SC rejects IT authorities' claim against tax exemption to a joint venture of Krishak Bharti Cooperative Ltd & Oman Oil Company

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Oman Fertilizer Company is a joint venture between the central government's Krishak Bharti Cooperative Ltd and an Oman Oil Company

The Supreme Court has rejected a plea by the Income Tax authorities against the tax exemption granted to dividends earned by Oman Fertilizer Company, a joint venture between the central government's Krishak Bharti Cooperative Ltd and an Oman firm, under the Double Tax Avoidance Agreement.

A bench of Justices B V Nagarathna and Prashant Kumar Mishra pointed out that the assessee’s establishment in Oman had been treated as a permanent establishment from the very inception up to the year 2011 so there was no reason as to why all of a sudden, its establishment in Oman would not be treated as such when for about 10 years it was so treated, and tax exemption was granted basing upon the provisions contained in Article 25 read with Article 8 (bis) of the Omani Tax Laws.

Dealing with a question of law as to whether the dividend income earned by the assessee was taxable, although exempted under Omani Tax Laws to entitle the assessee to the benefits of the Double Taxation Avoidance Agreement (DTAA) between India and Oman, the bench said that the appellant had not been able to demonstrate as to why the provisions contained in Article 25 of DTAA and Article 8 (bis) of the Omani Tax Laws would not be applicable.

Referring to Article 25 (2) of the DTAA, the court said that it provided that where a resident of India derives income, which in accordance with this agreement, may be taxed in the Sultanate of Oman, India shall allow as a deduction from the tax on the income of that resident an amount equal to the income tax paid in the Sultanate of Oman, whether directly or by deduction. 

"Article 25 (4) clarifies that the tax payable in a Contracting State mentioned in clause 2 and clause 3 of the said Article shall be deemed to include the tax which would have been payable but for the tax incentive granted under the laws of the Contracting State and which are designed to promote development," the top court said.

The IT authorities claimed that the dividend received by the assessee was taxable in India and was not exempt because the same was not designed as a tax incentive in Oman to promote development in that country. It also argued that a letter issued by the Secretary General for Taxation, Ministry of Finance, Oman in this regard was not issued by the competent Omani authority and had no statutory force.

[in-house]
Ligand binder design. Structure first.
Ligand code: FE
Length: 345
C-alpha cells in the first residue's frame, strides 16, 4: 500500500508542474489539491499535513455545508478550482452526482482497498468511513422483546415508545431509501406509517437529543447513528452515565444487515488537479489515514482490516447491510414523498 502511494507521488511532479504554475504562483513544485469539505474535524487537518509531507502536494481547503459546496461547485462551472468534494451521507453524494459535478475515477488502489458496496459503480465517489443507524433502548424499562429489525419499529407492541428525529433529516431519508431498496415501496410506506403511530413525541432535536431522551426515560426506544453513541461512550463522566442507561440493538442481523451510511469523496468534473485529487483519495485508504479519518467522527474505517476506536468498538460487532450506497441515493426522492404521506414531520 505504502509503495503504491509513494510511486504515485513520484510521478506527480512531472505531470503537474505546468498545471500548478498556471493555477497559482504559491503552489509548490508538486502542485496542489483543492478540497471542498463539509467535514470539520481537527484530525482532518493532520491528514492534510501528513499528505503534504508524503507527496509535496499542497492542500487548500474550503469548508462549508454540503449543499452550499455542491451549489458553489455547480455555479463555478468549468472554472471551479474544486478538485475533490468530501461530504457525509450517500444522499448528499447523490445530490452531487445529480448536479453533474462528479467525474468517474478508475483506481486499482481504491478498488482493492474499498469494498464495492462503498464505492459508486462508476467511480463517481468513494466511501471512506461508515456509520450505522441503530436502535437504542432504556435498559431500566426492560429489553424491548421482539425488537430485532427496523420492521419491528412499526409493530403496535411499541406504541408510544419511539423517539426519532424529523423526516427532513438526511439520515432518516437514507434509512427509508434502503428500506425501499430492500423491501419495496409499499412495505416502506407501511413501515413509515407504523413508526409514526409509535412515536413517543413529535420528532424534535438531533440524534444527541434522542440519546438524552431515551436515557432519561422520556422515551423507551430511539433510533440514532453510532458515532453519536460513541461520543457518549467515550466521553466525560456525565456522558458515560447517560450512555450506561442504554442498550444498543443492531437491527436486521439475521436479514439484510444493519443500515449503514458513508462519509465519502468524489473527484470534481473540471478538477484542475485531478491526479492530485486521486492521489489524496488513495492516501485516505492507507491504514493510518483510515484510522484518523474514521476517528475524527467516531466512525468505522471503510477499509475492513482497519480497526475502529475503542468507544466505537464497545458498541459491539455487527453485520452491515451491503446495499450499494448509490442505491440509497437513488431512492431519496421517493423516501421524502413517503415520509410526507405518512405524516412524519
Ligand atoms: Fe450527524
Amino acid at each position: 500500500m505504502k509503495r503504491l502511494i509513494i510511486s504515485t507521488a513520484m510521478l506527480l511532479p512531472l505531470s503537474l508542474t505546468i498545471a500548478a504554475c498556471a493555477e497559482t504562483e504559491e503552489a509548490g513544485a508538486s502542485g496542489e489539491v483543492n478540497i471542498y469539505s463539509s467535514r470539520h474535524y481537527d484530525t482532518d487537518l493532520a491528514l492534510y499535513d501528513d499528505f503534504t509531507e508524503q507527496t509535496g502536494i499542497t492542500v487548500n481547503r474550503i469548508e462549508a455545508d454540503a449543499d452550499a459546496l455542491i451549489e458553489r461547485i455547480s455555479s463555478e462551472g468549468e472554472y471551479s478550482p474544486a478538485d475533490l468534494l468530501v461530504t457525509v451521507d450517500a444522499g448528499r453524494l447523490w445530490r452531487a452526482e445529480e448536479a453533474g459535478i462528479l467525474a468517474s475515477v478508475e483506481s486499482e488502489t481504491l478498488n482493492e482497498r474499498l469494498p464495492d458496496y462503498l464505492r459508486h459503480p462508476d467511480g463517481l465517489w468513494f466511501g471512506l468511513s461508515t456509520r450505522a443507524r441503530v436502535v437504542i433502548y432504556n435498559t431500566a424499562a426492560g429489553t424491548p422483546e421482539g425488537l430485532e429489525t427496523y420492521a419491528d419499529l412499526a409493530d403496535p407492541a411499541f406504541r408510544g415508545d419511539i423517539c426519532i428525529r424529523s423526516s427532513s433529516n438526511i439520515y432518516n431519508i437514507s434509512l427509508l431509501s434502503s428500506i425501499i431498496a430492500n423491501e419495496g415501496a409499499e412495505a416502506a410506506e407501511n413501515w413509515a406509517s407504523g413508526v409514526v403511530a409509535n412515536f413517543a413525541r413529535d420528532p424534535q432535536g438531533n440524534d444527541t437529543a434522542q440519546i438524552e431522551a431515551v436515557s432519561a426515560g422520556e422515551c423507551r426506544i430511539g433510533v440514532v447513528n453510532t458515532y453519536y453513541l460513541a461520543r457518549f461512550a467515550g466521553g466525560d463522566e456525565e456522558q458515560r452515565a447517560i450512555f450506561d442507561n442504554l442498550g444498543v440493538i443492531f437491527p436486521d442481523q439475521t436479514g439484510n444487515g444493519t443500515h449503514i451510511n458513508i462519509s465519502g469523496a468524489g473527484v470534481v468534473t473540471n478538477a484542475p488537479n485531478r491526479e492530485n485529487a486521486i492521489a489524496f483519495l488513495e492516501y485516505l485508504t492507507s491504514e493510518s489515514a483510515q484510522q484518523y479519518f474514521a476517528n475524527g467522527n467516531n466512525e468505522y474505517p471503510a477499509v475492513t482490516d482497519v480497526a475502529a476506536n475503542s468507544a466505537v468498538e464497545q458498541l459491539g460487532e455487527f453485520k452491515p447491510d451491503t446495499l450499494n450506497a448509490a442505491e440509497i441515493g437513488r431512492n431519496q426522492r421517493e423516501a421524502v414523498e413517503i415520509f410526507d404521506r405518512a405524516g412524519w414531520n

The court, however, referring to the letter, said that it had clarified that the dividend distributed by all companies, including the tax-exempt companies would be exempt from payment of income tax in the hands of the recipients. 

"By extending the facility of exemption, the Government of Oman intend to achieve its object of promoting development within Oman by attracting investments. Since the assessee has invested in the project by setting up a permanent establishment in Oman, as the JV is registered as a separate company under the Omani laws, it is aiding to promote economic development within Oman and achieve the object of Article 8 (bis)," the bench said.

The Oman Ministry had concluded that tax would be payable on dividend income earned by the permanent establishments of the Indian Investors, as it would form part of their gross income under Article 8, if not for the tax exemption provided under Article 8(bis), the court pointed out.

"A plain reading of Article 8 and Article 8 (bis) would manifest that under Article 8, dividend is taxable, whereas, Article 8(bis) exempts dividend received by a company from its ownership of shares, portions, or shareholding in the share capital in any other company. Thus, Article 8(bis) exempts dividend tax received by the assessee from its PE in Oman and by virtue of Article 25, the assessee is entitled to the same tax treatment in India as it received in Oman," the bench said.

With regard to a contention by the IT department that the letter of December 11, 2000 issued by the Secretary General for Taxation, Ministry of Finance, Sultanate of Oman had no statutory force as per Omani Tax Laws, hence, it could not be relied upon to claim tax exemption, the bench said that it was only a clarificatory communication interpreting the provisions contained in Article 8 and Article 8 (bis) and the letter itself had not introduced any new provision in the Omani Tax Laws. 

The top court held that the appeals against the Delhi High Court's orders were without substance and hence dismissed the same.

Krishak Bharti Cooperative Ltd, is a multi-State Co-operative Society registered in India, under the administrative control of the Department of Fertilizers, Ministry of Agriculture and Co-operation, Government of India. 

It has entered into a joint venture with Oman Oil Company to form the Oman Fertilizer Company SAOC, a registered company in Oman under the Omani laws. The assessee has a 25% share in the JV. The JV manufactures fertilizers, which are purchased by the central government. It has a branch office in Oman, independently registered as a company under the Omani laws having permanent establishment status in Oman in terms of Article 25 of the DTAA. The branch office maintained its own books of account and submitted returns of income under the Omani income tax laws.